Seven is enough

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Can Tony Zarkades challenge Dana Rohrabacher? Unlikely. Can he shoot ducks? Yes!

As you read this, we have seven people officially running to unseat Dana Rohrabacher in the 2018 congressional election.

This is far too many.

Although a good number of our liberal/Democratic peers and colleagues live in a state of odd denial, unseating Rohrabacher in the 48th Congressional district is a major uphill battle. Can it happen? Certainly. Is it likely to happen? Honestly—no. As we speak, Republicans maintain an 11-percentage point advantage in the district’s voter registration. Although that’s down from 15.5 percent four years ago, it’s still sizable. And Rohrabacher—for his 854,422,453 flaws—remains both well-funded and relatively liked.

Again, this wouldn’t be an easy win were we to offer up a singular opponent.

With seven, we’re making things particularly difficult.

I’ve been following the district closely. I’m also unaffiliated, and work for no candidate. I believe, ultimately, we’re best served by a thinned-down roster of candidates. The more isn’t the merrier, but the messier.

Were I to rank the entrants thus far, on best-to-worst odds of pulling off the upset, it’d go thusly …

• 1. Harley Rouda: Definitely the most organized thus far, and he’s raised a chunky wad of cash. Is conservative enough to pull from Rohrabacher, but liberal enough to maintain the Democratic base. That said, there are a good number of grumblings about his past support of John Kasich, and his YouTube ads (while well done) aren’t being seen by many people. A mere 210 views here, a mere 810 views here.

• 2. Hans Keirstead: He’s a pioneering stem cell and multimillionaire businessman (aka: can fund his own campaign—a huge plus). He also knows more about health care than all the other candidates combined. That said, he A. Was born and raised in Canada; B. Is heavily science oriented in a race that probably won’t be won and lost on said issues; C. Has surprisingly low name recognition for a man who’s been here a long time.

• 3. Laura Oatman: Smart, savvy Laguna Beach-based architect. This is going to sound shallow and dumb, but there’s a weakness here that troubles me: To quote from her website bio—”I had started eating plant-based to regain my health naturally. When I saw my results, I wanted to help others, so I went back to school at the Institute for Integrative Nutrition and California College of Ayurveda. I wrote the Amazon bestseller, Whole Earth Diet, and started my second business, Whole Earth Wellness, helping people across the country to help them get well and stay well naturally.”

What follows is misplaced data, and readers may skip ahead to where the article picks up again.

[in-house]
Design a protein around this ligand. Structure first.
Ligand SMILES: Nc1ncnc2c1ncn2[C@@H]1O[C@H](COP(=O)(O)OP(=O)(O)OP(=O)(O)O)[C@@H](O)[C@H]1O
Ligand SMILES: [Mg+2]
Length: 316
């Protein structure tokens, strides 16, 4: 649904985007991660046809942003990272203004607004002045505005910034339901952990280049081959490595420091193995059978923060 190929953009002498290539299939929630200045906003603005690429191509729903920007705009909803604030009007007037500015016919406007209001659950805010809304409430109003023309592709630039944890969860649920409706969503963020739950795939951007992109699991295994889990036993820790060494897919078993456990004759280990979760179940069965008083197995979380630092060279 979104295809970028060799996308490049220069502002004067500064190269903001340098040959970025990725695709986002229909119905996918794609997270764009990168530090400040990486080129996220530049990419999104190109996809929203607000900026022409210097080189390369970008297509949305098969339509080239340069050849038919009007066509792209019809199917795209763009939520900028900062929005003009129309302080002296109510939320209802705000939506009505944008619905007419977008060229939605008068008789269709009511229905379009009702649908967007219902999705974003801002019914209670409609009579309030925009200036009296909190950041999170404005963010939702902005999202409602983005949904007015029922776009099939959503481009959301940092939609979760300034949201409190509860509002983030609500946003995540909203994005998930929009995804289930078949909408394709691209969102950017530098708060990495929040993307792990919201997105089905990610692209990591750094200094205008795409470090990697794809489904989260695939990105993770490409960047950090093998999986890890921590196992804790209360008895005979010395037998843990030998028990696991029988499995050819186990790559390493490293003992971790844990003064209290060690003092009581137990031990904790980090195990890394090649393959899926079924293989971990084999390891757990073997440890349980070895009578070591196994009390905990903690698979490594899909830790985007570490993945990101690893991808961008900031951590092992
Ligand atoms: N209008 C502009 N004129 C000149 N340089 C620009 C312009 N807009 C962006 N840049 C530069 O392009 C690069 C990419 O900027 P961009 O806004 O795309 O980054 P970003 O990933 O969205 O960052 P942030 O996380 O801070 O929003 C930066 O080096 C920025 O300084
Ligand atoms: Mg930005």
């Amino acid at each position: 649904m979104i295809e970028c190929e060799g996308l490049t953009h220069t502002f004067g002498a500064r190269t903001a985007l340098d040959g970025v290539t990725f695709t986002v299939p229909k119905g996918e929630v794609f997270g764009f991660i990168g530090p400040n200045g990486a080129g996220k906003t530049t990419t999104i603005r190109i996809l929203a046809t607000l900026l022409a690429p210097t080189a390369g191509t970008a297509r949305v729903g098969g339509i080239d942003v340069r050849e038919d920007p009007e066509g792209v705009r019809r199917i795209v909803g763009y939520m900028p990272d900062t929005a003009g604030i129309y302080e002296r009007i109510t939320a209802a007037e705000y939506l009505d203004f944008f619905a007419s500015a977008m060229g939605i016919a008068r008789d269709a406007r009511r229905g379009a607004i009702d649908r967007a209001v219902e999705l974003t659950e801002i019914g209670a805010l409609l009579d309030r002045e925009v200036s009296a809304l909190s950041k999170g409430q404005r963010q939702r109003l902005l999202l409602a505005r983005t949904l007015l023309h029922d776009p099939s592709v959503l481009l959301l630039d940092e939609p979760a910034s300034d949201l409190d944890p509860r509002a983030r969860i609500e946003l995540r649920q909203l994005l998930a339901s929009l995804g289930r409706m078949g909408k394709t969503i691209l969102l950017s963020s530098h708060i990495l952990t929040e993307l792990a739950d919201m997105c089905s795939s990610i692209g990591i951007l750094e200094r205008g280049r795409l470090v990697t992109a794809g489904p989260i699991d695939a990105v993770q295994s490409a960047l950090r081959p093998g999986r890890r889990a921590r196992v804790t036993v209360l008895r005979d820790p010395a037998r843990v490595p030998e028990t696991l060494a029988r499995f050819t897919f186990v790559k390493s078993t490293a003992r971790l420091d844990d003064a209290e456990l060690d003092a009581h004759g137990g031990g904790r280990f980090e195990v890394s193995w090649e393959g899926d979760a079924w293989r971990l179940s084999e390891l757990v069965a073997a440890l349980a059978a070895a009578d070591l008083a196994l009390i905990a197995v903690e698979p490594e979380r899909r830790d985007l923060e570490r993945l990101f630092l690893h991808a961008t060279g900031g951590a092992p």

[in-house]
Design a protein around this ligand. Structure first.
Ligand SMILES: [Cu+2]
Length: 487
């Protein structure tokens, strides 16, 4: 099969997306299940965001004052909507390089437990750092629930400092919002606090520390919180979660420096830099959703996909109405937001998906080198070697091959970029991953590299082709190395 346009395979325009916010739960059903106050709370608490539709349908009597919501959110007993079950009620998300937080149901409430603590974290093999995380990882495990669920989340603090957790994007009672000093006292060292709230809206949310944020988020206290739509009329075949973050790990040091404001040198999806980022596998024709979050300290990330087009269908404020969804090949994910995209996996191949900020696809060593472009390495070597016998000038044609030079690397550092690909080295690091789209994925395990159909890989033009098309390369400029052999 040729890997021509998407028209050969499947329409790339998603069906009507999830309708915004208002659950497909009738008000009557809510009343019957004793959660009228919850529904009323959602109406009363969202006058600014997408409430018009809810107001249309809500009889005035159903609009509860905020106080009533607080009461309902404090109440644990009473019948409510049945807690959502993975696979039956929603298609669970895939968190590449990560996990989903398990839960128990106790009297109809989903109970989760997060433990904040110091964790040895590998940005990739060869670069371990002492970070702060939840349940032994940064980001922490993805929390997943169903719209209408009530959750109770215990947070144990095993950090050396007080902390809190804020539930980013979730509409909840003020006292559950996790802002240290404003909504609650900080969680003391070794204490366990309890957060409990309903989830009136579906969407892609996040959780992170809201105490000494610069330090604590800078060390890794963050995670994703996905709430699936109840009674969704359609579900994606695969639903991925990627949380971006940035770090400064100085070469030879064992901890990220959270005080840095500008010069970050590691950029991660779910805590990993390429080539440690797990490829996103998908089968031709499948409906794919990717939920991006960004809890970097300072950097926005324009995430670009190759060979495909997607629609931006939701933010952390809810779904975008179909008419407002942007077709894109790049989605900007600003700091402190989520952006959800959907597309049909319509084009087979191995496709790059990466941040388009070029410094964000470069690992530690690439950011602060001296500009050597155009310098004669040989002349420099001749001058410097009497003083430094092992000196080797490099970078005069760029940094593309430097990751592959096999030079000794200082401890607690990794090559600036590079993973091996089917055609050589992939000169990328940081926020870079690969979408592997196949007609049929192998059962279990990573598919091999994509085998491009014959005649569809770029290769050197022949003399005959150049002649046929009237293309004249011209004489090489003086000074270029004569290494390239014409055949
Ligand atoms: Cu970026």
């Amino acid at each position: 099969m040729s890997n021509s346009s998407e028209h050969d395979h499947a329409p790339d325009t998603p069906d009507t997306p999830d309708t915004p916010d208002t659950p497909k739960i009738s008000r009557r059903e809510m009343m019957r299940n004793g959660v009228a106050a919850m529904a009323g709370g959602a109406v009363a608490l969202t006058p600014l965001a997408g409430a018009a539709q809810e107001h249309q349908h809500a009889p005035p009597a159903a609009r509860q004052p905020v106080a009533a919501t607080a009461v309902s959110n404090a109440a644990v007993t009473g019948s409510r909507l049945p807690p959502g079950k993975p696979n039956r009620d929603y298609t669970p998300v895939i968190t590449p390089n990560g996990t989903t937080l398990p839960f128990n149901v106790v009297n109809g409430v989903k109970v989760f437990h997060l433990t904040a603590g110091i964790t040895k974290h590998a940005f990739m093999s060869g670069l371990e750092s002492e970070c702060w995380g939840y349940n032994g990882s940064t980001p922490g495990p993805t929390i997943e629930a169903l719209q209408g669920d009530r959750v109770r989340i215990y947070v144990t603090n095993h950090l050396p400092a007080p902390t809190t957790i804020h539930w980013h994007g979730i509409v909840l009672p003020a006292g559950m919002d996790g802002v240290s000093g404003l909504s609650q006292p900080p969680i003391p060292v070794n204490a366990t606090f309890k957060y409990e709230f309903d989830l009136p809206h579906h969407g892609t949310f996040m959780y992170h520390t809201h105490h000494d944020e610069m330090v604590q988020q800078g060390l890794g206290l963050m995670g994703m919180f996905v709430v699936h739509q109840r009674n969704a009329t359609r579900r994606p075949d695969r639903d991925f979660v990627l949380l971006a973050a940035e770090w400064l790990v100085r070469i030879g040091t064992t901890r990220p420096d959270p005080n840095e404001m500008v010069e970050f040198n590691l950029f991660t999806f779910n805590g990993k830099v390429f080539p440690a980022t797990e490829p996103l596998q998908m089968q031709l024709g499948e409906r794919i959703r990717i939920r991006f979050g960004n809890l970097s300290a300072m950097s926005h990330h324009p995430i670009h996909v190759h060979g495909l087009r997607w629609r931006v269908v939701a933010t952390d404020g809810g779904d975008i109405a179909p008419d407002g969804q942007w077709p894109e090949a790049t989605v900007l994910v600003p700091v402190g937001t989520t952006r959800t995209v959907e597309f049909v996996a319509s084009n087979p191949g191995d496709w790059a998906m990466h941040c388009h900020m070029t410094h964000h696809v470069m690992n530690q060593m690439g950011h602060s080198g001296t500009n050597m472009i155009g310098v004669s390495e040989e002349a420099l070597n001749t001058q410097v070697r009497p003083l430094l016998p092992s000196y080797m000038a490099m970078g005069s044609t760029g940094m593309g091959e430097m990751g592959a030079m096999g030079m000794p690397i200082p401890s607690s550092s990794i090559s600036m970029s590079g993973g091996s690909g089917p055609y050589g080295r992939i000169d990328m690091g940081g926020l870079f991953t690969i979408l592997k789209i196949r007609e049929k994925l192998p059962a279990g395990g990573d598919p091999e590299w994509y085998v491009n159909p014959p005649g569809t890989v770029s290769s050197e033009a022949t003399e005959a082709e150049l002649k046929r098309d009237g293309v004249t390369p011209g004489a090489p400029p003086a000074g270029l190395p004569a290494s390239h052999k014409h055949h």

Now, as a liberal and as a healthy eater, I love this. But—and it’s a big but in the world of perception politics—to win this election, our candidate will have to sell himself/herself to non-liberals; to folks who generally view us as climate-nutty, afraid-to-hurt-any-feelings granola “snowflakes” (a word I hate, for the record). Is it crap? Sure. Does it suck? Absolutely. Is it our regrettable reality in 2018 within a conservative district? Yes. And I’m not entirely sure that Laura’s bio (impressive as it is) flies across the spectrum.

• 4. Omar Siddiqui: The latest entrant has an interesting resume (attorney; son of Pakistani immigrants; Fullerton native) and it’s actually somewhat easy to imagine Rohrabacher uttering xenophobic slurs his way during debates (it’s a Dana speciality, and would probably help Siddiqui). That said, he’s REALLY conservative, and stands out (negatively) as a guy insisting the Democrats need to work with Donald Trump. I’ll give him points for originality, but anyone in favor of/sympathetic toward the 45th president is likely voting for Rohrabacher.

• 5. Tony Zardakes: He’s an American Airlines pilot and a former marine. Those make him very interesting. But (and, again, this probably sounds overly simplistic) his website is a WiX site, which one creates for free with a simple template. There’s a nonsensical photo gallery, including one image of Tony holding what appears to be a rifle and a dead duck. I’m not trying to be a jerk—but it just feels like a Class A ballplayer trying to break into the Majors.

• 6. Brandon Reiser: He’s actually running as a Libertarian, but his positions lean hard liberal. I just don’t see the traction here, and it’s not merely the 102 Twitter followers. If you’re going to make a dent as a third party candidate, you have to somehow leap off the page. I’m not sure he does.

• 7. Boyd Roberts: Your crazy uncle comes over for Christmas and says, “Guess what! I’m dating Halle Berry!” Everyone nods and returns to their lamb and potatoes.

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